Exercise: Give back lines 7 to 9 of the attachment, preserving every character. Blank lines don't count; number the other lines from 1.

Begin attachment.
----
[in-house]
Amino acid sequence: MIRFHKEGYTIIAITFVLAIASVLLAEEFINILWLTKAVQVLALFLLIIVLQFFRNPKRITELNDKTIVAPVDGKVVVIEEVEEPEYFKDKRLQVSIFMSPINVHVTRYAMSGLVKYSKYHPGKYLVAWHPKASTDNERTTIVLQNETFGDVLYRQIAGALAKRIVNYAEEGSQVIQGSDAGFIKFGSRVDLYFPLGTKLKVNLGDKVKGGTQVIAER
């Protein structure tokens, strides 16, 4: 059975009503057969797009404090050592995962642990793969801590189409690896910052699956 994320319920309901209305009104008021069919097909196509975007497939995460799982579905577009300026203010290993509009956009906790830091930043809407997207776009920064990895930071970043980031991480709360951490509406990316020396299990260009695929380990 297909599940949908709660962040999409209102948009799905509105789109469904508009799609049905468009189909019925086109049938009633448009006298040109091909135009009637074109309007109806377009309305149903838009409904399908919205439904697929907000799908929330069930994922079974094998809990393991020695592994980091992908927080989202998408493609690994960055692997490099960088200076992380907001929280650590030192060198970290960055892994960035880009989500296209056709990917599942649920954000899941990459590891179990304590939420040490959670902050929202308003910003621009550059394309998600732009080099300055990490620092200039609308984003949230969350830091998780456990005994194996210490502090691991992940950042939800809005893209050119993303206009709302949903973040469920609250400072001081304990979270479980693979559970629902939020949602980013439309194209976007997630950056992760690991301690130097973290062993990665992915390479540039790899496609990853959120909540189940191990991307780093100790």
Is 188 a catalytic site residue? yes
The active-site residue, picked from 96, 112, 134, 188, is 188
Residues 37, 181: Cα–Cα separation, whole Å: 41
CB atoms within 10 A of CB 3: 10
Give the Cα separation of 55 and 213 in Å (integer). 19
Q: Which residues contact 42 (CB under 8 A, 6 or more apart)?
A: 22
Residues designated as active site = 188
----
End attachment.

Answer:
CB atoms within 10 A of CB 3: 10
Give the Cα separation of 55 and 213 in Å (integer). 19
Q: Which residues contact 42 (CB under 8 A, 6 or more apart)?